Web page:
Mr. WEST: Yes.

STEWART: Did the candidates, the GOP candidates, have they even been present there?

Mr. WEST: In the last two weeks, we have had visits both from McCain and Huckabee, but the GOP campaign is low-key, no phone calls, no television ads. All of the intensity and all of the excitement is really on the Democratic side just because that race is still undecided. It's very close and people feel their vote actually matters.

STEWART: But what about all these independents you told us about, almost half of the state electorate? Could they possibly decide, you know what, I'm liking McCain.

Mr. WEST: They could. And there certainly will be some independents who will go into the GOP primary. But independents tend to go for the exciting race. And that clearly, in this state, is on the Democratic side just because there's been so much money spent there and there's been a lot of voter mobilization. We have students going door-to-door for various candidates.

So this campaign is at a fever pitch. Rhode Island often has been an off-Broadway venue. It doesn't really attract a lot of attention. But right now, for the next five days, Rhode Island is in the middle of this national story.

STEWART: We saw in Texas and - we saw in Texas and Ohio so much discussion about health care and about NAFTA. What is the big campaign issue in Rhode Island?

Mr. WEST: The two big issues here still remain Iraq and the economy. I mean, there has been some attention to NAFTA and health care but not nearly to the extent that you've seen in Texas and Ohio. Ohio, in particular, is a state with a lot of manufacturing jobs. They've been hurt by this trading agreement so both candidates have made a major push on that issue. That issue, though, hasn't really attracted too much attention in New England.

STEWART: Now, I know you worked in a poll of Rhode Island voters, likely Rhode Island voters, and it showed that Clinton was ahead of Obama - 36 percent to 28 percent - but you don't think that Hillary Clinton necessarily has a lock.

Mr. WEST: I don't think it's a lock because we've done a survey three or four months ago that showed her with a 19 percentage point lead so her margin had dropped by half. And of course, Obama now has won 11 states in a row, has a lot of momentum. There's a lot of excitement in his campaign. He's outspending Hillary Clinton in Rhode Island. So she shouldn't assume she's necessarily going to win. I mean, this state still is very competitive.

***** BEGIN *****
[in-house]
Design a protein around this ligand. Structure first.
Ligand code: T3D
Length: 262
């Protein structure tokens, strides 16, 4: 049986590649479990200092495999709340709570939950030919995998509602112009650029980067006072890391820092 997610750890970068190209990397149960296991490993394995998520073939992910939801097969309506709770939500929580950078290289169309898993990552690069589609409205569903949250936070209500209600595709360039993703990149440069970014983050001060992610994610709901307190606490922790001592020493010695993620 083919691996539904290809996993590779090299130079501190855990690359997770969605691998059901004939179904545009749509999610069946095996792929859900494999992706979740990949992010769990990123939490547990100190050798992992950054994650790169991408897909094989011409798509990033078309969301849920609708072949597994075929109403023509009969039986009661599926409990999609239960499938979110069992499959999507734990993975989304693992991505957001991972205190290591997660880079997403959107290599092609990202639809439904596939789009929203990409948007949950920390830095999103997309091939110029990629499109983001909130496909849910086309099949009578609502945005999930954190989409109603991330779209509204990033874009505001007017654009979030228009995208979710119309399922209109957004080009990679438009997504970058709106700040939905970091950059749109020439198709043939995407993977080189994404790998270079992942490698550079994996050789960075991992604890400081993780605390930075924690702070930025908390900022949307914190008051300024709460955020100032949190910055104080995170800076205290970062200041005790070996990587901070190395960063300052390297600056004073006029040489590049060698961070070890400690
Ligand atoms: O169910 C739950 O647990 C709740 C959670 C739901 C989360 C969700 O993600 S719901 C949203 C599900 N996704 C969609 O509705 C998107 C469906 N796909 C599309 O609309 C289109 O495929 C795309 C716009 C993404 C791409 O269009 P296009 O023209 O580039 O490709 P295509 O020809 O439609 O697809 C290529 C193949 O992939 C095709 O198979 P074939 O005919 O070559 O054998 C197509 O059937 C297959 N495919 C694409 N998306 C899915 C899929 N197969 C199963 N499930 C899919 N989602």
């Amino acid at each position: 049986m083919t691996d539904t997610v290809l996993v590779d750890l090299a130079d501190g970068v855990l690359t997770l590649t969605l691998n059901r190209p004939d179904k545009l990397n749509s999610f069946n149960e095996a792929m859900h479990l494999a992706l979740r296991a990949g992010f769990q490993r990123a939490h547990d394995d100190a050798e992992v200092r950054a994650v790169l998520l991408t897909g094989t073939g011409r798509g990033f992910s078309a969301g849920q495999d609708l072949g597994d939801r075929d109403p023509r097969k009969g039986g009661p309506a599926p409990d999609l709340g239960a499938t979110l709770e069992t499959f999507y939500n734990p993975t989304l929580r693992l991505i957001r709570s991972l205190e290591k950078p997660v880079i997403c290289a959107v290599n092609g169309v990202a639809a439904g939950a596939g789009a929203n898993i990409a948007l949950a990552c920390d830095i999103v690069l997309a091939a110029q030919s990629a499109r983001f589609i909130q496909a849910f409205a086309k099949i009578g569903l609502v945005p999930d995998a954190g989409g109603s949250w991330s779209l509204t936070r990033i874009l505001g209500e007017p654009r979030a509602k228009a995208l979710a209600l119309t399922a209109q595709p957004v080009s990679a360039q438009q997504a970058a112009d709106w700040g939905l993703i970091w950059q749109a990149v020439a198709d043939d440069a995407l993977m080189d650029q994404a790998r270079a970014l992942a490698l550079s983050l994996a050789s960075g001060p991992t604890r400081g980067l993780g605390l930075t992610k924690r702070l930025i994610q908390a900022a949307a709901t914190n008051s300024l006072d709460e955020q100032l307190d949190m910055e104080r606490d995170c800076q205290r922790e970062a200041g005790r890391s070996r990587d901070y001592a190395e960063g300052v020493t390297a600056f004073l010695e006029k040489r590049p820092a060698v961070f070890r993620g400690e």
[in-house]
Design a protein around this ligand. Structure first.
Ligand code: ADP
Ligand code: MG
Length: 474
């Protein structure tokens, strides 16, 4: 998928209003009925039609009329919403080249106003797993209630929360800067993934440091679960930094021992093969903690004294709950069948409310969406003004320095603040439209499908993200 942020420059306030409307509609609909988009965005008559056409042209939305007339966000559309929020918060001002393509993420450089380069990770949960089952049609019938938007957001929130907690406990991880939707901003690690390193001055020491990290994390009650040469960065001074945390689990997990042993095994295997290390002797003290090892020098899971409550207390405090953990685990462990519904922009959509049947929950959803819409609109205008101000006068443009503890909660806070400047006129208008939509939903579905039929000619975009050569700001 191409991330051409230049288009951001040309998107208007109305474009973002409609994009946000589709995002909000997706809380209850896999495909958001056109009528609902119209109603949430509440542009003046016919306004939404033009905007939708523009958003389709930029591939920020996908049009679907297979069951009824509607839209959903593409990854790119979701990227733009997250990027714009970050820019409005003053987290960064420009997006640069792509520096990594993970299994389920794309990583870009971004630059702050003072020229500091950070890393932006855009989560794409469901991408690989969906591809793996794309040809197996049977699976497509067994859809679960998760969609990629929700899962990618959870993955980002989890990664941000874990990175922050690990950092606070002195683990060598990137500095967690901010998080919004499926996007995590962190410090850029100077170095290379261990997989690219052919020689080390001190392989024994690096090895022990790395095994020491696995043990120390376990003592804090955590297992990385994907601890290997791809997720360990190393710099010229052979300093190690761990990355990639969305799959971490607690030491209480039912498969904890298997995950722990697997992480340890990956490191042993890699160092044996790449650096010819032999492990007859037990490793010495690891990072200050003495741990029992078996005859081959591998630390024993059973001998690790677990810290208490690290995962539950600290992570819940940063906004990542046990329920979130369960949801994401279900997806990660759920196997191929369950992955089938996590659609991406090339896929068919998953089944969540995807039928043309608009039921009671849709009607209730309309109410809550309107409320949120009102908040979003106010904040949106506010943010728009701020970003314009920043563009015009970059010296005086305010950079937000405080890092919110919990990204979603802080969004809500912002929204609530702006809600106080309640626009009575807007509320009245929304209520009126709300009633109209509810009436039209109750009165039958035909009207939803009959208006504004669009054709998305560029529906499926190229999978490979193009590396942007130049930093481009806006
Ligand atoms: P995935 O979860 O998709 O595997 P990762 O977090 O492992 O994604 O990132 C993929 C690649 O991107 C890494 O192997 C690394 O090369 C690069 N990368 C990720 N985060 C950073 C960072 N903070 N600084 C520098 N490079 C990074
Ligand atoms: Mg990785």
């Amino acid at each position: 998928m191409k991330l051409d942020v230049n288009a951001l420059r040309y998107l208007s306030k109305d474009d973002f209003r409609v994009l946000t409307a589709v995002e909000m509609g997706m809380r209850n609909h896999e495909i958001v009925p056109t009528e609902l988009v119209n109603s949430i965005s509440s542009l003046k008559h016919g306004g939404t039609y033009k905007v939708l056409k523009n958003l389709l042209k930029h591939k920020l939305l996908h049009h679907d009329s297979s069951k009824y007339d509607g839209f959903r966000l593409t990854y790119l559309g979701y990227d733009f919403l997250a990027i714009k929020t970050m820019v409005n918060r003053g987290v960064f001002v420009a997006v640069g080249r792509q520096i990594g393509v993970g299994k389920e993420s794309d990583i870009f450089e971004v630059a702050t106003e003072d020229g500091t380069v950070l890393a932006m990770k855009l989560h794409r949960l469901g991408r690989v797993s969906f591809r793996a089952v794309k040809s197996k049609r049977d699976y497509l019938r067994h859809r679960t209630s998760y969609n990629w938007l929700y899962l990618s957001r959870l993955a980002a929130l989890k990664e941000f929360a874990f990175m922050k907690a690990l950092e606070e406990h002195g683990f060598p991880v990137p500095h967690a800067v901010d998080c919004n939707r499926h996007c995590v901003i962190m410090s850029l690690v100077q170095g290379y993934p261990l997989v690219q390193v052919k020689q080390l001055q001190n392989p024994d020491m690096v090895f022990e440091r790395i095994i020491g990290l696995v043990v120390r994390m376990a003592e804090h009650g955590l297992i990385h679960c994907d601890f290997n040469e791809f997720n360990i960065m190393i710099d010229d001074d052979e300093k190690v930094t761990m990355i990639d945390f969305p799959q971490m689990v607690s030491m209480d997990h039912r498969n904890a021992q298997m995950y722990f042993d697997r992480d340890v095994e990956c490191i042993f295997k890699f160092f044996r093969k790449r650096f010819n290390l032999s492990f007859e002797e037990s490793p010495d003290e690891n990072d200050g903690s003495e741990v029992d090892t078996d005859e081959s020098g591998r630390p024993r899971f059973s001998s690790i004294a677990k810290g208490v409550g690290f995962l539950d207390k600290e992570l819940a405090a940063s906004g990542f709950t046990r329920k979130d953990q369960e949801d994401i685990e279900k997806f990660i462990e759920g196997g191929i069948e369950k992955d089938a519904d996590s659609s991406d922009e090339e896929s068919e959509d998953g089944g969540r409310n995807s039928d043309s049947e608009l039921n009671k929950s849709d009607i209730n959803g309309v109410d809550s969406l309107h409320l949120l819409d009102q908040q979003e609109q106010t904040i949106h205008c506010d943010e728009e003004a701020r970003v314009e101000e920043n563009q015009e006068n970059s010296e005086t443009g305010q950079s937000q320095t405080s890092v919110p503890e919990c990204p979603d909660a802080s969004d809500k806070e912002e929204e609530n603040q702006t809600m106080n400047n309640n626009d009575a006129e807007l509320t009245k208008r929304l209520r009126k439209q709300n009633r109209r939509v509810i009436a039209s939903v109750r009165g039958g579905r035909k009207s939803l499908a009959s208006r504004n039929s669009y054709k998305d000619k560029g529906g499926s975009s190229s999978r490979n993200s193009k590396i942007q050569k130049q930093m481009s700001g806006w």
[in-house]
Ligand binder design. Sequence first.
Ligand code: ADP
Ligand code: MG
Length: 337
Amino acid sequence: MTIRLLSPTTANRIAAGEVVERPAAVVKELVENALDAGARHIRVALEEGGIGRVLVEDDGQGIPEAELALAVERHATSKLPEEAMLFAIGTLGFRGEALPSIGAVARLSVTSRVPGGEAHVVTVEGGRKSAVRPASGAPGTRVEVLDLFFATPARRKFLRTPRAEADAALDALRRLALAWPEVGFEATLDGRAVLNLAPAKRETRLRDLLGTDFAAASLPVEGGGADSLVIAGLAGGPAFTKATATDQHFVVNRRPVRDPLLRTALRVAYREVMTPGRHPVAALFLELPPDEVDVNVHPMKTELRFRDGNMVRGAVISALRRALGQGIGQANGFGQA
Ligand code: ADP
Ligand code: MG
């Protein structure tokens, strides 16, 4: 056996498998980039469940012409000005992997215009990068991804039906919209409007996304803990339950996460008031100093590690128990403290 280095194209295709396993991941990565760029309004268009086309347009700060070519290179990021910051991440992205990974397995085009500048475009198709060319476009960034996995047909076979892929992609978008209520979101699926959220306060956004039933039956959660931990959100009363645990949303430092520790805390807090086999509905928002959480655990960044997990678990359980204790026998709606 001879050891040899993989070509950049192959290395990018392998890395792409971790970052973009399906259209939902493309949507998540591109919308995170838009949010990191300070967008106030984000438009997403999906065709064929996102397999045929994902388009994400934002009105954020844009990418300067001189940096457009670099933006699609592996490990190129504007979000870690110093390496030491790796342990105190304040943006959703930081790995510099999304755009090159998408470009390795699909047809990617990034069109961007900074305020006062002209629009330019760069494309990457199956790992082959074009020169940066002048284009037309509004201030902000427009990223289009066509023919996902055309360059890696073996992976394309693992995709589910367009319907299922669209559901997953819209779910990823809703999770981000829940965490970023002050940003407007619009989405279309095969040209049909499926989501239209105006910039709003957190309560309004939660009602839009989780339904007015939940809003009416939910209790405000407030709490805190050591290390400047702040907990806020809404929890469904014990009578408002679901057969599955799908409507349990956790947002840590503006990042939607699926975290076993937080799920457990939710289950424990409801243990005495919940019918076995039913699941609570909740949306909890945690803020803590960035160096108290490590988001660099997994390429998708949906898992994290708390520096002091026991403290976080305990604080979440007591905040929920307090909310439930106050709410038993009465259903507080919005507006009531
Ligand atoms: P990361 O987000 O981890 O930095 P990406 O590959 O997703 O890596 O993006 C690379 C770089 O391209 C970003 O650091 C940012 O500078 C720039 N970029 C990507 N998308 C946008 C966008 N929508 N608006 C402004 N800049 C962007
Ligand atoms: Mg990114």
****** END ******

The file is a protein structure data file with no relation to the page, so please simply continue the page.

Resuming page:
STEWART: And could be full of surprises. Why I love Rhode Island.

Darrell West is the director of the Taubman Center for Public Policy at Brown University. Nice to speak with you.

Mr. WEST: Thank you very much.


Hey, stay with us. Next on the BPP, our regular movie guide. Daniel Holloway. He's here with a round-up of what you should see this weekend at the movie theater.

STEWART: And I drink your milkshake. How lines from movies become iconic?

This is THE BRYANT PARK PROJECT from NPR News. I drink to that.

MARTIN: I'm still trying to figure out if that's an insult or if that's like a positive thing? Am I supposed to be happy drinking my milkshake or am I supposed to be very upset?

STEWART: I don't think you're supposed to be happy about that, Rachel.



MARTIN: See the movie. Come back.

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Clinton's Blue-Collar Support Wavering in R.I.

New York Sen. Hillary Clinton takes the stage on Feb. 24 in Providence, R.I., in advance of the state's upcoming primary. Former President Bill Clinton was also scheduled to make a campaign stop in the state. Darren McCollester/Getty Images hide caption

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Darren McCollester/Getty Images

New York Sen. Hillary Clinton takes the stage on Feb. 24 in Providence, R.I., in advance of the state's upcoming primary. Former President Bill Clinton was also scheduled to make a campaign stop in the state.

Darren McCollester/Getty Images

Rhode Island, Ohio, Texas and Vermont are holding their primaries on March 4, in a make-or-break day for New York Sen. Hillary Clinton. Read about what's at stake in these states and contests.

Pawtucket, R.I., arguably should be Clinton country.

As in much of Rhode Island, Pawtucket's residents are primarily blue-collar, union workers: mechanics, waitresses and teachers, who live in triple-decker homes or tidy bungalows that sit just a few feet apart.

Although the city of 70,000 has seen its share of old factories converted into loft apartments, the downtown's main attraction is a defunct cotton mill that dates back to the late 1700s and now doubles as a museum.